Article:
Long-lost Warhol Digital Images Recovered
The images are being retrieved from a 1985 Commodore Amiga computer.
Back in time
"They had a level of simplicity often times that we don't see in modern computers anymore," Bare said.
His fellow members of the
Back to 1985, the Commodore Amiga was the newest and greatest computer.
To create buzz at the Amiga launch party, Commodore enlisted Warhol -- best known for his paintings of a Campbell's Soup Can and actress
"He took some digital pictures and modified them before most people had been thinking about digital photography at all," Bare said.
And that's about all the public got to see of Warhol's digital artwork.
After his death in 1987, the computer and floppy discs were stored in the archives at
"Those drawings would have been lost," said
Stumbling across the YouTube video of the 1985 Amiga launch sparked an idea that brought the
"Nobody knew what we were going to find on those disks," Bare said, adding that it took time for the team to understand the software used to create the images. "Not only is it relying on the digital media surviving, another thing that we don't really think about is you also need to be able to have software that's able to understand that digital data."
After some reverse software engineering, they hit pay dirt: the Warhol digital art few had seen before.
The iconic images of a digital Campbell's soup can and Warhol's self-portrait are just a few of some 20 images recovered from floppy disks.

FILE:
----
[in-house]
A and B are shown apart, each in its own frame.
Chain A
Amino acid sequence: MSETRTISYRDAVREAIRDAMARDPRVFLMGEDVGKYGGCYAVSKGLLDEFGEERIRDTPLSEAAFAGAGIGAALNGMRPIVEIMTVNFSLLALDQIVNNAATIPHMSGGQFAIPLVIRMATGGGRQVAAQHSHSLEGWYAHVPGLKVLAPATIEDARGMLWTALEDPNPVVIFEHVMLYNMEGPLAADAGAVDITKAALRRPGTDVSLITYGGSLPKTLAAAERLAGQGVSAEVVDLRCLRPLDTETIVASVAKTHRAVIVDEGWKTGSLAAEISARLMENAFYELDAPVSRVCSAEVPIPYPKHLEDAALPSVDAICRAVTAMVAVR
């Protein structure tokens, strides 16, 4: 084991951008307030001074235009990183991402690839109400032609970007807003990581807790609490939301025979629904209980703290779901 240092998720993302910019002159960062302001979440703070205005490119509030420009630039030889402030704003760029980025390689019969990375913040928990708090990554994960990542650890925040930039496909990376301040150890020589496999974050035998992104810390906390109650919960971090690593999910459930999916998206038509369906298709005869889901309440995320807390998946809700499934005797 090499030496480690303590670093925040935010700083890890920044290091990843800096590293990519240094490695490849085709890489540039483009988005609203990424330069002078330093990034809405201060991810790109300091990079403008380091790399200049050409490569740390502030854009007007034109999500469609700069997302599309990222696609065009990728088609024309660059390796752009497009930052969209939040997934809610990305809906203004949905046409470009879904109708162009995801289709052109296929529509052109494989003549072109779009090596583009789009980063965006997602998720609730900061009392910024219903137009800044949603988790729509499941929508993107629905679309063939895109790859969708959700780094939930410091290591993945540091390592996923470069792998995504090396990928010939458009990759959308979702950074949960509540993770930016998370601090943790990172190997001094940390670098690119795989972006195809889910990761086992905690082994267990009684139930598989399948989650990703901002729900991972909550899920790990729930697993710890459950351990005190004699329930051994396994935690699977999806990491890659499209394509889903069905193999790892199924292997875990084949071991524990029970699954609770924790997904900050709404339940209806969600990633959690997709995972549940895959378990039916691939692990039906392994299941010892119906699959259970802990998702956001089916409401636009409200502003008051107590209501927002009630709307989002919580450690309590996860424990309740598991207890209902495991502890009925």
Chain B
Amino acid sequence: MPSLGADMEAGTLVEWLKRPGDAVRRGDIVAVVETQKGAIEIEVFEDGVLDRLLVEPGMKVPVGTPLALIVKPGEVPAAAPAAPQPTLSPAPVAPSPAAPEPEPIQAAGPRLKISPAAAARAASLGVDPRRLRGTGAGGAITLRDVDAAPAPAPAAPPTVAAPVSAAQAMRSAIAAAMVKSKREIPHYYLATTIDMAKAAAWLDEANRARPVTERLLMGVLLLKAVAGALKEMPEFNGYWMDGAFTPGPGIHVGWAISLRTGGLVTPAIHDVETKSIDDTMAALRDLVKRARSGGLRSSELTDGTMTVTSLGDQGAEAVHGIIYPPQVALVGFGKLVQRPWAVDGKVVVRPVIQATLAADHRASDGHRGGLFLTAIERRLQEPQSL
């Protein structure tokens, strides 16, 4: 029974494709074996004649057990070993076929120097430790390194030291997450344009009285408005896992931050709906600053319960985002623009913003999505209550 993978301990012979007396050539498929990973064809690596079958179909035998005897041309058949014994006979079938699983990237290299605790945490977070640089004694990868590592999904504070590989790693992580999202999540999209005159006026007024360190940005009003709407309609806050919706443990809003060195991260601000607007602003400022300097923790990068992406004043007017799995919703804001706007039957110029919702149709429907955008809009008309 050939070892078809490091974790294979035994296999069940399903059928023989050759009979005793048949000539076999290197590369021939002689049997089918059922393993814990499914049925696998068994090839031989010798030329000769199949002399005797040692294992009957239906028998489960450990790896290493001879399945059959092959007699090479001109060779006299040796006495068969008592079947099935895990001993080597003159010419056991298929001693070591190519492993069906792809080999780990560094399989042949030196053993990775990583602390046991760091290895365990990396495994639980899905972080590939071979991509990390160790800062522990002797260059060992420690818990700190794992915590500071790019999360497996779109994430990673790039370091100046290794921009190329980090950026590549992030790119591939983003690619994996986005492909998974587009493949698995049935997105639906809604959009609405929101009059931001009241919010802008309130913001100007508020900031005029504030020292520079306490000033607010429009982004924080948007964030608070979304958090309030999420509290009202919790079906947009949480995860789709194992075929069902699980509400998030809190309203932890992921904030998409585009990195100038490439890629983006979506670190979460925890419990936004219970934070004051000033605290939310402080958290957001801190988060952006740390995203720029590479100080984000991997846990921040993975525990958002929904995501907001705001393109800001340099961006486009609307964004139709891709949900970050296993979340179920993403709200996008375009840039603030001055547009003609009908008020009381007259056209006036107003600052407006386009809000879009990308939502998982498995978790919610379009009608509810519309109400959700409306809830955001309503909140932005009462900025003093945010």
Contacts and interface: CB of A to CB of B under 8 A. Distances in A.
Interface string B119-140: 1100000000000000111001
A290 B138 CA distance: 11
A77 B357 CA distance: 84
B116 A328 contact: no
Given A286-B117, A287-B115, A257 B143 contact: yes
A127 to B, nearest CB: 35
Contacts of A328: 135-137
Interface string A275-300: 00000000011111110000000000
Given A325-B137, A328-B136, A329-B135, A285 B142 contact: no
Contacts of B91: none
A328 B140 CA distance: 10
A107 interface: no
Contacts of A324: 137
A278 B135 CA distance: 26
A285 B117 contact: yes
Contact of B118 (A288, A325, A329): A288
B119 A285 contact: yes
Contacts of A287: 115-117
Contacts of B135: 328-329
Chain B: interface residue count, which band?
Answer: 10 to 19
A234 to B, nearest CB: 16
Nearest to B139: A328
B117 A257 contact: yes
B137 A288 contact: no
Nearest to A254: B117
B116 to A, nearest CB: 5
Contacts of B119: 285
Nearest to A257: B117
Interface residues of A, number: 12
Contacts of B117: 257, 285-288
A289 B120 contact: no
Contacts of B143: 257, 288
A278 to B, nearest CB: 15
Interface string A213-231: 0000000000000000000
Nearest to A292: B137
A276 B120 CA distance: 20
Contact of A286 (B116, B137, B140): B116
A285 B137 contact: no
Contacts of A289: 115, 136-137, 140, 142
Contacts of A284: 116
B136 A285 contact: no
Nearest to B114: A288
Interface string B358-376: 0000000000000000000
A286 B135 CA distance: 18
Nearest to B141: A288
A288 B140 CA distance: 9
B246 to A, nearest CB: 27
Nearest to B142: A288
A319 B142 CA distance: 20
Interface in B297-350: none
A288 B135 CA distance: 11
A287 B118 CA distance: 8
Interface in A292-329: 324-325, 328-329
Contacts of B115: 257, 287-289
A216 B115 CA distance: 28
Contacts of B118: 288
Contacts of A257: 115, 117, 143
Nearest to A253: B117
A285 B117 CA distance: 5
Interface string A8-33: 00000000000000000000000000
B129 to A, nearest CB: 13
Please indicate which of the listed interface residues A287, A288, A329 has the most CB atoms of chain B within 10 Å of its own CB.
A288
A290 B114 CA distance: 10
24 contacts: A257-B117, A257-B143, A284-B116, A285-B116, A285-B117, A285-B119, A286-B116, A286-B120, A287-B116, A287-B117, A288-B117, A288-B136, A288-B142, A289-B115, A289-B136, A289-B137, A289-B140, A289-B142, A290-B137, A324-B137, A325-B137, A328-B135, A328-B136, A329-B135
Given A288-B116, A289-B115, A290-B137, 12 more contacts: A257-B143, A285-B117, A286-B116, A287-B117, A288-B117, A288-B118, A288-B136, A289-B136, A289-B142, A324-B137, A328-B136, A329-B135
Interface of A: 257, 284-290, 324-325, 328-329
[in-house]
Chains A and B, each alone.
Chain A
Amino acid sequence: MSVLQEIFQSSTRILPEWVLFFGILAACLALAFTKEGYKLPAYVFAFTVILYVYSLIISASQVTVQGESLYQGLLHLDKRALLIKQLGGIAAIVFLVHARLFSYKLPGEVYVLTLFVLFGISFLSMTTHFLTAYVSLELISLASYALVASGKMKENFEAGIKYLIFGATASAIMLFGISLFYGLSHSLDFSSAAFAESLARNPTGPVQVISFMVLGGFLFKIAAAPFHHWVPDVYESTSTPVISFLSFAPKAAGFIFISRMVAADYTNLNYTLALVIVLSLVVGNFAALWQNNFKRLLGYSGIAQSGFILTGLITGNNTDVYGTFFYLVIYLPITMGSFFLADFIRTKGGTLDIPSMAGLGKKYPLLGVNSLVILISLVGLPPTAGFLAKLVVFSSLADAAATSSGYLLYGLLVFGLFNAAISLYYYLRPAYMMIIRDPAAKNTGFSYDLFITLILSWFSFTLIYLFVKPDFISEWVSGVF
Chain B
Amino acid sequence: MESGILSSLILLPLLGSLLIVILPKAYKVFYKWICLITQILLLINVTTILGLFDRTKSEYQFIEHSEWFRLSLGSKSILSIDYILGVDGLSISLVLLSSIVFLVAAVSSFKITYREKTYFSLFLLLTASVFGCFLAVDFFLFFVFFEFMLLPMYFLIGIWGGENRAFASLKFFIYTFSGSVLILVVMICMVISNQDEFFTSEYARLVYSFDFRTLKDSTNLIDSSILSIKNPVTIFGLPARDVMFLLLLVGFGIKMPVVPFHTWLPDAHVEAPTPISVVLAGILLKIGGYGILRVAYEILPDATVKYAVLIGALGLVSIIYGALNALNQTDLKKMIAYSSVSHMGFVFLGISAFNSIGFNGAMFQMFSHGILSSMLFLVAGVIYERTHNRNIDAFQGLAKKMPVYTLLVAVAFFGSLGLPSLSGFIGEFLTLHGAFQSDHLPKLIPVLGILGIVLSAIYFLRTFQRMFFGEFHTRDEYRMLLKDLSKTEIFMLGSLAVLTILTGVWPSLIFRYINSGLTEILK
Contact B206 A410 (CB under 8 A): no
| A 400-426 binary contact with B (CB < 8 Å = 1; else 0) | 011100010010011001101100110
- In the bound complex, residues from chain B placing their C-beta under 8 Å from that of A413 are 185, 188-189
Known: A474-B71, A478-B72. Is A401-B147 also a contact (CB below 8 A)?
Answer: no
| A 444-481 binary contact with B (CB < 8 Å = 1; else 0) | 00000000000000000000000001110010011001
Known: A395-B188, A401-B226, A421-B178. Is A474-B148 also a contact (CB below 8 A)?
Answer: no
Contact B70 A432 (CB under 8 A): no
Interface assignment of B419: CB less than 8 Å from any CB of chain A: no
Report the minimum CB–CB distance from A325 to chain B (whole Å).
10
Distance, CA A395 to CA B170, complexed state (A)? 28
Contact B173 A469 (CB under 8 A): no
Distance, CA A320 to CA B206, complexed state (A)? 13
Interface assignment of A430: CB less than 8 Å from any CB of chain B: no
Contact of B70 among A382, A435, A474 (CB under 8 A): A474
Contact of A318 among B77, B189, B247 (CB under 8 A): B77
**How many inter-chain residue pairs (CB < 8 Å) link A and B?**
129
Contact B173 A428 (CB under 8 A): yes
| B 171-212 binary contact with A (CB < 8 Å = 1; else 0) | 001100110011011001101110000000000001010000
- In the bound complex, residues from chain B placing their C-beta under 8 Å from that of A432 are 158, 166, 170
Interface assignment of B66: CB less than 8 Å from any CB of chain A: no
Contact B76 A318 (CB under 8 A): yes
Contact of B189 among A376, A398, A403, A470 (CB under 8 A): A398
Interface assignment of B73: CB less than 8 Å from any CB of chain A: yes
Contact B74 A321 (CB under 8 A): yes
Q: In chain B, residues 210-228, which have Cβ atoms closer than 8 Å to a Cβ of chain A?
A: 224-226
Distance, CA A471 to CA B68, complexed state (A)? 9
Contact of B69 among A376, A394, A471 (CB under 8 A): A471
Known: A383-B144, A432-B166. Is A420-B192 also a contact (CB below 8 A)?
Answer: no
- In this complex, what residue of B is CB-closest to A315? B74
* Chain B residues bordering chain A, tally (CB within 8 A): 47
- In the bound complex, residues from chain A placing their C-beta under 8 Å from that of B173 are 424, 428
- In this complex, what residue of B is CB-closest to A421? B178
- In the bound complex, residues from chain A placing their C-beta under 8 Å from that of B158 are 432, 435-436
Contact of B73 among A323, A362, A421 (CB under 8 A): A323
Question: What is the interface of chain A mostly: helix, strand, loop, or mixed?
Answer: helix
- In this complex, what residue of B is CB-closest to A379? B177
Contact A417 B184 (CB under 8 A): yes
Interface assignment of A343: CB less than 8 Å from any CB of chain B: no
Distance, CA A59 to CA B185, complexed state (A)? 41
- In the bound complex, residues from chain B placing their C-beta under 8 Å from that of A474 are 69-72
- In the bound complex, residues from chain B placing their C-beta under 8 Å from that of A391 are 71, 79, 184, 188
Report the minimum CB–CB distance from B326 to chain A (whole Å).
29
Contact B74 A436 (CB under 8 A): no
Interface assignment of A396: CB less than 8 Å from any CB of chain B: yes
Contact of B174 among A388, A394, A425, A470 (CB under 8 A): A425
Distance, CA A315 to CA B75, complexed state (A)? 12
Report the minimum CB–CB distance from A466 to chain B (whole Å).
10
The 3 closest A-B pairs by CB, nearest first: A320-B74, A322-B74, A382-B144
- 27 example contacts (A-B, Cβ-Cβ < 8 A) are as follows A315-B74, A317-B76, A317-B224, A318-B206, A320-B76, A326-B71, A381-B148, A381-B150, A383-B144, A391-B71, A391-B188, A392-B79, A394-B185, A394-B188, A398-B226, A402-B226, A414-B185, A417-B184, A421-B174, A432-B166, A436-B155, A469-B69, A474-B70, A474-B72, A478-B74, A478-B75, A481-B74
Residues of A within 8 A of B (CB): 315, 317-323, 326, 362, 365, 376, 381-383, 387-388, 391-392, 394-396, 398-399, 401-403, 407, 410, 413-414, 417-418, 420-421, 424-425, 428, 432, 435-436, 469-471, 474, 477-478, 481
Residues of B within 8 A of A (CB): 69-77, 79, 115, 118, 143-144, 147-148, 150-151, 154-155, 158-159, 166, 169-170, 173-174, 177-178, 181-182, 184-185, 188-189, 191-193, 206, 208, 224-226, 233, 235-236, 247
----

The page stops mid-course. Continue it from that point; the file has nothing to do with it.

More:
Heffley says the search for Warhol's art is both a history lesson and a cautionary tale.
"If we're not careful technology will become obsolete," she said, "and we will no longer have the ability to see the photographs, to see the images we hold so dear and so precious."
The Warhol images, now restored and archived, can be viewed by watching the
Most Popular Stories
- Islamic State Obliterating Cultural Landmarks in Mosul
- The 2014 Fastest-Growing 100
- 'Lucy's' Super Powers Tops 'Hercules' at Box Office
- Boehner Says Impeachment Talk Is Democrat Scam
- You're So Vain: Microsoft to Launch First 'Selfie Phone'
- VW Site Could Mean Another 2,000 Jobs for Chattanooga
- U.S. Home Price Gains Slow for 6th Month in a Row
- RV Sales See Highest Increase Post Great Recession
- Report: China to Declare Qualcomm a Monopoly
- Insecticides Permeate U.S. Food, Water Supply